Liked by 1 person

  3. Thanks for the great feedback, Alex. You are absolutely correct that it is a complex subject that requires more than a few bullet points. Your feedback is especially helpful since appropriate post length is something I often struggle with. On the one hand, I want to make it as simple as possible, but on the other I want to try and get my points across. It can be a tricky balance to strike. As far as writing goes, I usually start with multiple drafts then have some friends approve what I deem to be the most post worthy one for “publishing” on here. I will definitely be devoting further posts to this topic, partly because it’s fun to photoshop animals holding beer, mostly because of your feedback. Take care.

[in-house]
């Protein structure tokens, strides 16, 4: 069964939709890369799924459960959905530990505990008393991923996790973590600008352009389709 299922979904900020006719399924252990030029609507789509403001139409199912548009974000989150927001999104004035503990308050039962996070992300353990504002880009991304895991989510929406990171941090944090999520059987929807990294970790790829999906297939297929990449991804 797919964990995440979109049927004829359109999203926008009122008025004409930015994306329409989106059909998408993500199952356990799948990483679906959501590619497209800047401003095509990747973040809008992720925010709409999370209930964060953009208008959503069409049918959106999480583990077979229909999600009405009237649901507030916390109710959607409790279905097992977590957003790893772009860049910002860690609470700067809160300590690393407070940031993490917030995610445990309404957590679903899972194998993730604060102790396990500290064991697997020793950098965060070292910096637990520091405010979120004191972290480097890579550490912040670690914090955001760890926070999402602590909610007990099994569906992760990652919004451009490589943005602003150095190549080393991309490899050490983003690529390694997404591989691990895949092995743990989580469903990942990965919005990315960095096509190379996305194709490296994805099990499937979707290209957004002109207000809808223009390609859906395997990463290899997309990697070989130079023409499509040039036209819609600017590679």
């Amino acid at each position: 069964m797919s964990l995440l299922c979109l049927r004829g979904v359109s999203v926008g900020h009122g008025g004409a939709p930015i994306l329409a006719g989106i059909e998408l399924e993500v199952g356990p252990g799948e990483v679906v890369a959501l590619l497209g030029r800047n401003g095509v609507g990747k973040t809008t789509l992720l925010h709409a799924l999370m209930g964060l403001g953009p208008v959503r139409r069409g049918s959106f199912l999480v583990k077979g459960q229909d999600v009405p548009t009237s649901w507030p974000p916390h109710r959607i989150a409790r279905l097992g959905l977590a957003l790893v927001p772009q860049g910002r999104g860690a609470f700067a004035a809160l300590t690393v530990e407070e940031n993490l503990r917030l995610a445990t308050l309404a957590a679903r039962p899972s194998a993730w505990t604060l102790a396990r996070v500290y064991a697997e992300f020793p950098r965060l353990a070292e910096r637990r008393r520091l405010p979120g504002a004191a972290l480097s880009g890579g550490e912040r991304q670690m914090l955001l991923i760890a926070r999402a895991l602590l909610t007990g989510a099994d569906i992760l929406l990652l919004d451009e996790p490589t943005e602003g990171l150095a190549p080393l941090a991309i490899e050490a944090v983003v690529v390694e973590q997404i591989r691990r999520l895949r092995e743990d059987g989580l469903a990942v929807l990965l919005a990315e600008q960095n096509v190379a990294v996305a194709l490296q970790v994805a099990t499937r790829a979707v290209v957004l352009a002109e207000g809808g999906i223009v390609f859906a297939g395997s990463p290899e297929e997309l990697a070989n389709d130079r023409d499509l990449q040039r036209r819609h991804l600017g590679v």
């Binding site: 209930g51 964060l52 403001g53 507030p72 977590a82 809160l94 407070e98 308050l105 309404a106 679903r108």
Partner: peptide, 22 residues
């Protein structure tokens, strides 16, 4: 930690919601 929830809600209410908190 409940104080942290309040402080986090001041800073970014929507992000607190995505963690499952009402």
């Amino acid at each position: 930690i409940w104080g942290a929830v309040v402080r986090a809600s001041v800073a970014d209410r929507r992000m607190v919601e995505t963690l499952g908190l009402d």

Like

  4. Thank you for every other fantastic post. Where else could anyone get that type of information in such a perfect way of writing? I have a presentation next week, and I am on the look for such information.

    Liked by 1 person

  5. Thanks a bunch for sharing this with all people you actually know what you’re talking about! Bookmarked. Please also visit my web site =). We can have a hyperlink trade contract between us!

    Liked by 1 person